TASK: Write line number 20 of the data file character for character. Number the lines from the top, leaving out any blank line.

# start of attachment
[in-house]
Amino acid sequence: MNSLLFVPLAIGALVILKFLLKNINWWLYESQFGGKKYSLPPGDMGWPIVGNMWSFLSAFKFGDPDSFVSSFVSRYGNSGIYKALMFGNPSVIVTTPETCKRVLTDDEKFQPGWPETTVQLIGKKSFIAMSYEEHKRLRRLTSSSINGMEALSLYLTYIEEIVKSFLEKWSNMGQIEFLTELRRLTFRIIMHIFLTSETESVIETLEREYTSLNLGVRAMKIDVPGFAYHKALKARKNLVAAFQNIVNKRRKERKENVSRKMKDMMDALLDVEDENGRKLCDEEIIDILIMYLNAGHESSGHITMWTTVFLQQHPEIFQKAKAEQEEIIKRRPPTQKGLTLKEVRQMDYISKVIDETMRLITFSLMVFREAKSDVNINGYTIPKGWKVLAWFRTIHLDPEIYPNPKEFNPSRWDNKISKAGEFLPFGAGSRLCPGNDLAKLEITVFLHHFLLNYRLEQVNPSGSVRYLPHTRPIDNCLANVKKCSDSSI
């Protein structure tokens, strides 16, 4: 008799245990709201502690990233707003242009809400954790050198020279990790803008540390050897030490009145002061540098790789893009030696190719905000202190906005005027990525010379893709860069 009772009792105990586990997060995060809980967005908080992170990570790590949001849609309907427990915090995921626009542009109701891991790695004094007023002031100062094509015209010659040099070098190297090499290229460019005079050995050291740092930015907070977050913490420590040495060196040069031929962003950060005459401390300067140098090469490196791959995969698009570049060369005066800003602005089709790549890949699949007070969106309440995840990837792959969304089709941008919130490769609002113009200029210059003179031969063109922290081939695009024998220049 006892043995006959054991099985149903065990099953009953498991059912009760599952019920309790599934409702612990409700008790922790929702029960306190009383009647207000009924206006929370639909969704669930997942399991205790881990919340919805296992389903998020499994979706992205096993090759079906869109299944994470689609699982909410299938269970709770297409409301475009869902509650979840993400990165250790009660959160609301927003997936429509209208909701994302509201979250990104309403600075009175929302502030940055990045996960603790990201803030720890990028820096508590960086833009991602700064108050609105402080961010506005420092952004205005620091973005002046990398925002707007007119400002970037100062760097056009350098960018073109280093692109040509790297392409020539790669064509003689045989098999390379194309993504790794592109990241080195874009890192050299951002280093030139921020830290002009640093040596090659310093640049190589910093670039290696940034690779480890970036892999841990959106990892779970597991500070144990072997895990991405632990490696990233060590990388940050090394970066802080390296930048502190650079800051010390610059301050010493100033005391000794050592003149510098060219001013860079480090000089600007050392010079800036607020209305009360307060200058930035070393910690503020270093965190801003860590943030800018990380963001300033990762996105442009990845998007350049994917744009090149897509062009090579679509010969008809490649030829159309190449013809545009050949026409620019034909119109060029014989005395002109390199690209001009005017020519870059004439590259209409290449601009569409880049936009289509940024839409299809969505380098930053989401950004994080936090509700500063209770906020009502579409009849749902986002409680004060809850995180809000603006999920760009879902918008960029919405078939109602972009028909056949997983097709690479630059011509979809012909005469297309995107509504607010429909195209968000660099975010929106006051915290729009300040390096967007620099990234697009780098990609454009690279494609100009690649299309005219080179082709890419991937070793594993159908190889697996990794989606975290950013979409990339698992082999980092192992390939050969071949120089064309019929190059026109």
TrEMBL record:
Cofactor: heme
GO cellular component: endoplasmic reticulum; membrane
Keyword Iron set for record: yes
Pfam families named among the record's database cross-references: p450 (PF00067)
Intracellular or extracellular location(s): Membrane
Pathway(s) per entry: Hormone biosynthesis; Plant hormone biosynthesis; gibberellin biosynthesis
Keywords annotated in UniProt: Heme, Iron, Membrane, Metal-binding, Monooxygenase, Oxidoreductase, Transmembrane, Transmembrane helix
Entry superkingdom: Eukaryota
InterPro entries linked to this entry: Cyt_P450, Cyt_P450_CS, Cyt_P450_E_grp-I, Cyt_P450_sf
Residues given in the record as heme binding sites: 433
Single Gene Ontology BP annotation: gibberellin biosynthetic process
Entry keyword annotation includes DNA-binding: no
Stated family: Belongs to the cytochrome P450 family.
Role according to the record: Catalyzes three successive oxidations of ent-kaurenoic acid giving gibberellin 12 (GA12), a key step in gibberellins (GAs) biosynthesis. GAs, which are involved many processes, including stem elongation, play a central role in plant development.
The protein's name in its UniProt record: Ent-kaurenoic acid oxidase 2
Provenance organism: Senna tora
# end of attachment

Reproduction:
Provenance organism: Senna tora